Local women traders and exporters in six East African countries are set to benefit from a new programme under TradeMark East Africa (TMEA) that seeks to promote trade and support women-owned businesses in the region.
The $19.5 million Women and Trade programme will benefit about 25,000 businesswomen in Rwanda, Burundi, Kenya, South Sudan, Tanzania and Uganda over the next six years, the trade facilitation organisation said in a statement last week.
“The programme seeks to increase incomes and improve livelihoods for women traders and support women-owned enterprises through capacity building, addressing trade barriers and advocacy for policies that will create an enabling environment for them to thrive,” Frank Matsaert, the TMEA chief executive officer, said while launching the first phase of the project in Nairobi, Kenya.
Matsaert challenged regional governments and private sector to provide a conducive environment for women to trade, arguing that women inclusion is important to enhance the region’s business competitiveness.
“It is, therefore, important to continually advocate for balanced frameworks and policy change that will nurture the growth of women in cross-border trade,” he said in the statement. Matsaert pointed out that the first phase of the project will run for a year, with the $15 million second five-year phase expected to be launched in 2017.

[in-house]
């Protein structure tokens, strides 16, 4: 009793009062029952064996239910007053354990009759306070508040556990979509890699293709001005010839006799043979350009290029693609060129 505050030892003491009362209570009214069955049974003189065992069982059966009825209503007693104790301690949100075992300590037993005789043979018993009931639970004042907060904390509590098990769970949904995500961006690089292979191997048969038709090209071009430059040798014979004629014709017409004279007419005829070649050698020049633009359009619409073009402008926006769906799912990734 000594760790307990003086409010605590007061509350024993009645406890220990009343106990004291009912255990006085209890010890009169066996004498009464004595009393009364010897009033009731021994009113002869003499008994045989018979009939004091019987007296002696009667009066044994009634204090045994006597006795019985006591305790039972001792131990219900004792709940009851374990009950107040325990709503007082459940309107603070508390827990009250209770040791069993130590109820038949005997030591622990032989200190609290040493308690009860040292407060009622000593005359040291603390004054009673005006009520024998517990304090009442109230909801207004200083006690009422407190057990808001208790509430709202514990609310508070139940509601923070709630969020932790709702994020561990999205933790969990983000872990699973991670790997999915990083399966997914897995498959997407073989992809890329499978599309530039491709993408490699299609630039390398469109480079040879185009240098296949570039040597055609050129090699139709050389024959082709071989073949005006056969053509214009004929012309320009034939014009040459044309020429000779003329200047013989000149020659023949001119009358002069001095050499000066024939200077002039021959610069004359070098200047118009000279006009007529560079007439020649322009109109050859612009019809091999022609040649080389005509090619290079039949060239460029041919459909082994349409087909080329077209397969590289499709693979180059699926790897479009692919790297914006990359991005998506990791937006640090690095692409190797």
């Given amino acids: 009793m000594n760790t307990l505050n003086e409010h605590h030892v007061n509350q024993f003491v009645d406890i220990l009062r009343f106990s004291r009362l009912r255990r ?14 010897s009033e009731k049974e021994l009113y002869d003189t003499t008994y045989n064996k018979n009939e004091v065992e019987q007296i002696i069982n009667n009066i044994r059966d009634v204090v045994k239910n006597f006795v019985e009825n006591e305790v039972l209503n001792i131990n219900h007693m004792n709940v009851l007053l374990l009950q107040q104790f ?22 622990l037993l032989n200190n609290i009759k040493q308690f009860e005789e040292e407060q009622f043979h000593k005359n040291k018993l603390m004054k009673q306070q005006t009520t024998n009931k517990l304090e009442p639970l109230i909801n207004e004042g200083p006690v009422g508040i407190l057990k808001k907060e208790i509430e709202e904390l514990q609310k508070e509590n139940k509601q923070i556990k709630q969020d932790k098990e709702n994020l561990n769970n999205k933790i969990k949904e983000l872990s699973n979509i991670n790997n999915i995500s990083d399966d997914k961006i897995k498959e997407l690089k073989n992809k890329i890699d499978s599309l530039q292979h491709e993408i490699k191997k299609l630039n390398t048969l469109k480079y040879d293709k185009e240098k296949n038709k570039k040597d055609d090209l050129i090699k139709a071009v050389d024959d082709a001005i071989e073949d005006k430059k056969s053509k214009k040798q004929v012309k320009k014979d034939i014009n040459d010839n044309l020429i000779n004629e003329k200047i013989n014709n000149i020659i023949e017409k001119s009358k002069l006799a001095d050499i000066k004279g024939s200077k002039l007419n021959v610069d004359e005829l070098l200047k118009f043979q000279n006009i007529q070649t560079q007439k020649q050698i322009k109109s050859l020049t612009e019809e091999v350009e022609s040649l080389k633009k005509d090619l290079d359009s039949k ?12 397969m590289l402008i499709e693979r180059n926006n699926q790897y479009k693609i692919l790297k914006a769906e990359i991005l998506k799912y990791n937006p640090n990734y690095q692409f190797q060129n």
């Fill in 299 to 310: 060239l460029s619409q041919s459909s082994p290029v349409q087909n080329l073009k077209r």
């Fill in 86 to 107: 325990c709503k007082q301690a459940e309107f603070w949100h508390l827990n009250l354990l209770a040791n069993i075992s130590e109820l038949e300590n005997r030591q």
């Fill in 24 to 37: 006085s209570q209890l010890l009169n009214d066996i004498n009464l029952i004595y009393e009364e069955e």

Kenya’s Foreign Affairs Cabinet Secretary, Amb Amina Mohammed, lauded TMEA’s commitment toward increasing women participation in regional trade, saying women involvement in business is key to success of EAC regional integration.
“Empowering women creates a positive multiplier effect on poverty reduction, economic growth, government revenues and employment creation. As government, we are keen to see the successful integration of the region and an overall functional free-trade area for the continent but this cannot happen without the labour of women,” Mohammed said.
TMEA’s women and trade programme in Rwanda has enabled women to increase revenue, and are now able to afford medical insurance and fees for their children.
TMEA will work with local groups to implement the programme that seeks to significantly contribute to women traders’ knowledge on EAC trade and export procedures by December 2016. It targets a 10 per cent growth in revenues of the targeted women exporters and traders; and a 30 per cent increase in the use of formal trade systems by the targeted women cross-border traders, as well as the adoption of policies, regulations or practices that support an enabling environment for women.
“Funded by the Kingdom of The Netherlands, the project will also engage officials at 12 EAC border posts in policy dialogue and capacity development initiatives,” Matsaert said.
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